Polar ice sheet melt largest source of sea level rise
Melting ice sheets from Greenland and Antarctica has long been tied to rising sea levels. But these two sources are outpacing all others — including mountain glaciers and ice caps — t0 become the dominant feature in raising the seas, according to a new study slated for publication this month in the journal Geophysical Research Letters.
Part of the reason for the significance of these polar ice sheets is that the rate of melt is accelerating. Researchers at the University of California, Irvine and colleagues found that the two sheets lost a combined average of 36.3 gigatonnes more than they did the previous year. Mountain glaciers and ice caps are melting too, but at a rate three times smaller than the ice sheets.
“That ice sheets will dominate future sea level rise is not surprising — they hold a lot more ice mass than mountain glaciers,” says lead author Eric Rignot, of NASA’s Jet Propulsion Laboratory, Pasadena, California, and the University of California, Irvine in a press release. “What is surprising is this increased contribution by the ice sheets is already happening.”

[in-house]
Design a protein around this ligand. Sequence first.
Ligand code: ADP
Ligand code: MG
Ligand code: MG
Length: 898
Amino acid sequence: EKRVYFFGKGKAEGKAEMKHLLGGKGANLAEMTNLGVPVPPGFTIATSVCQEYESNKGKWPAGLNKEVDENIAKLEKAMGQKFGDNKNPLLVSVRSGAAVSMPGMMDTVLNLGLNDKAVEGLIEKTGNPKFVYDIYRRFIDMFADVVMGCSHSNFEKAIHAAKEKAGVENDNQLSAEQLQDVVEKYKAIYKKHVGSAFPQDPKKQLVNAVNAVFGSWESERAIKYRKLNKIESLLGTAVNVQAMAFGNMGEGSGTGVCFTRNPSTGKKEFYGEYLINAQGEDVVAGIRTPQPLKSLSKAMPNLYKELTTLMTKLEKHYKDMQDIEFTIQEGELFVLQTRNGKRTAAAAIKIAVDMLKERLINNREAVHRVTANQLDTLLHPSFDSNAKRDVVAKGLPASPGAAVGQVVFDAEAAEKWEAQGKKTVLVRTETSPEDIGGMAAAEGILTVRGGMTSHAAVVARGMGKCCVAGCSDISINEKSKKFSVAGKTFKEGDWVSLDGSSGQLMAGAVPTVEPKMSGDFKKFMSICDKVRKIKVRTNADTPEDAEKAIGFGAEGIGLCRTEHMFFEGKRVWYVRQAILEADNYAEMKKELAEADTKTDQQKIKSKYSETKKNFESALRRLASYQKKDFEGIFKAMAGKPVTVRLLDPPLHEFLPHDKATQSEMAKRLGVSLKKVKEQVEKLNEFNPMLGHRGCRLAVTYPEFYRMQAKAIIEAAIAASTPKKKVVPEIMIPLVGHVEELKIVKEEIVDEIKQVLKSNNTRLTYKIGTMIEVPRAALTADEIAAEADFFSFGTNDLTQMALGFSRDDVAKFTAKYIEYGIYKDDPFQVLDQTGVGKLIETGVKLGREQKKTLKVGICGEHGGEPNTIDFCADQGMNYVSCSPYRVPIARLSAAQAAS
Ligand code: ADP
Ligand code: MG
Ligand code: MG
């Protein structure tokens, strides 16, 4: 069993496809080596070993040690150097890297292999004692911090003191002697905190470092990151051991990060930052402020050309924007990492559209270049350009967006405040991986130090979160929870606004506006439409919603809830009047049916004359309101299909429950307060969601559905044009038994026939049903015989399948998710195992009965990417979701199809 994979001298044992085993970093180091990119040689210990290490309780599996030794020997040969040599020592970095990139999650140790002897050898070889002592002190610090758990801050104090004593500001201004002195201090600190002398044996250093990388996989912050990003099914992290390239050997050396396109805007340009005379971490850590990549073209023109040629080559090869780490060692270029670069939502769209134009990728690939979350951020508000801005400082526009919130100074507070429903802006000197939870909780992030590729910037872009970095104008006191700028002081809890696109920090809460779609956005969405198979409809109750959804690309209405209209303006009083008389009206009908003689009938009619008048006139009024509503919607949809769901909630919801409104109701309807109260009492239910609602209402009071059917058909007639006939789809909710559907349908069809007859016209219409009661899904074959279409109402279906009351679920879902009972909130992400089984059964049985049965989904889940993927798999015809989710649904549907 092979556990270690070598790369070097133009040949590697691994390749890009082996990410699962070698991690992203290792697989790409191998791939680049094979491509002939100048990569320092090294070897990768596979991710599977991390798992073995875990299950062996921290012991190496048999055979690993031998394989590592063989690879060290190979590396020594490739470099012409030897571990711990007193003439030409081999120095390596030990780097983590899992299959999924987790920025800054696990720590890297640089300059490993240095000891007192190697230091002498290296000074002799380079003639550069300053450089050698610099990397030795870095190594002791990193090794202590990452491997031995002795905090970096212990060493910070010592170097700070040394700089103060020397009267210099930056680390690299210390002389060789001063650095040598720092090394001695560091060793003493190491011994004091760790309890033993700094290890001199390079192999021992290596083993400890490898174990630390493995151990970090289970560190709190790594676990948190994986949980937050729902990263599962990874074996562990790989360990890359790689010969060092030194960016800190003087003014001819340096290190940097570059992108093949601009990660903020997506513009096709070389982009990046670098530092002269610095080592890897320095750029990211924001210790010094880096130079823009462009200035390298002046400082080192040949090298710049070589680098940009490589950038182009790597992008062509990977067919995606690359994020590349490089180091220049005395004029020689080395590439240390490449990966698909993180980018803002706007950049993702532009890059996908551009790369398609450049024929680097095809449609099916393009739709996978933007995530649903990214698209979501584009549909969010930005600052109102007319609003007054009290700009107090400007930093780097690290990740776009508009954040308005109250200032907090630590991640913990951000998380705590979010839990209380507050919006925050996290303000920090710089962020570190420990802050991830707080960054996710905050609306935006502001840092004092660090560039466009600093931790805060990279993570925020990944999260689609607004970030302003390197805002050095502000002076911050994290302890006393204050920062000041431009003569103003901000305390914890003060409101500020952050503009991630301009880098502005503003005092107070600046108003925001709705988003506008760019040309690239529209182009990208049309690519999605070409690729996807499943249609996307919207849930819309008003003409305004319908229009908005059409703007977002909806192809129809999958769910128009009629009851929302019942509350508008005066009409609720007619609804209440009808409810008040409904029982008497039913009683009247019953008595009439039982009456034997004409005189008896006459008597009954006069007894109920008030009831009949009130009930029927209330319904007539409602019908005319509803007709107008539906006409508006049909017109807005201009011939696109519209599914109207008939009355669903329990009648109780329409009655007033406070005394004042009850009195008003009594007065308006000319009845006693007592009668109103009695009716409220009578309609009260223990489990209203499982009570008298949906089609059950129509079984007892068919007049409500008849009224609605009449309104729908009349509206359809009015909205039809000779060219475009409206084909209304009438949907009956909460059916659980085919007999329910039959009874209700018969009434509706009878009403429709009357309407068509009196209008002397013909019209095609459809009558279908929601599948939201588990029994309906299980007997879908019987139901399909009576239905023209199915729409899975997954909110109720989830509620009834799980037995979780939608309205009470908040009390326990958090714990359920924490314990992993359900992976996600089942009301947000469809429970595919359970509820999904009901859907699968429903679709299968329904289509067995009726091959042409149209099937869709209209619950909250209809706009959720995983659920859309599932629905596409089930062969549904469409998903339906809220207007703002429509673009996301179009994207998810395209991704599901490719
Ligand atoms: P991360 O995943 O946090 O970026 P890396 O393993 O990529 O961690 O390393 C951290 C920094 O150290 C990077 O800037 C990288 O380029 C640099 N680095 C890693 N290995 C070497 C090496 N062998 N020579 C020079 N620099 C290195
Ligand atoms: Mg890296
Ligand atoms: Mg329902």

Rignot says if the trends continue, sea level is going to be significantly higher than what’s been projected by the U.N. IPCC in 2007.
The 20-year study compared multiple measurement tools to estimate the decay of the ice sheet. Satellite data and radio echo soundings measured ice leaving the ice sheets, while regional atmospheric climate model data estimated ice sheet gain. Another set of satellite data measured minute changes in the Earth’s gravity field due to changes in the distribution of the planet’s mass, including ice movement.
The results matched up well, painting a more certain picture of how ice sheet loss would hike sea levels over time. Within the next four decades, melting ice sheets could raise sea level by 5.9 inches, bringing total sea level rise to 12.6 inches.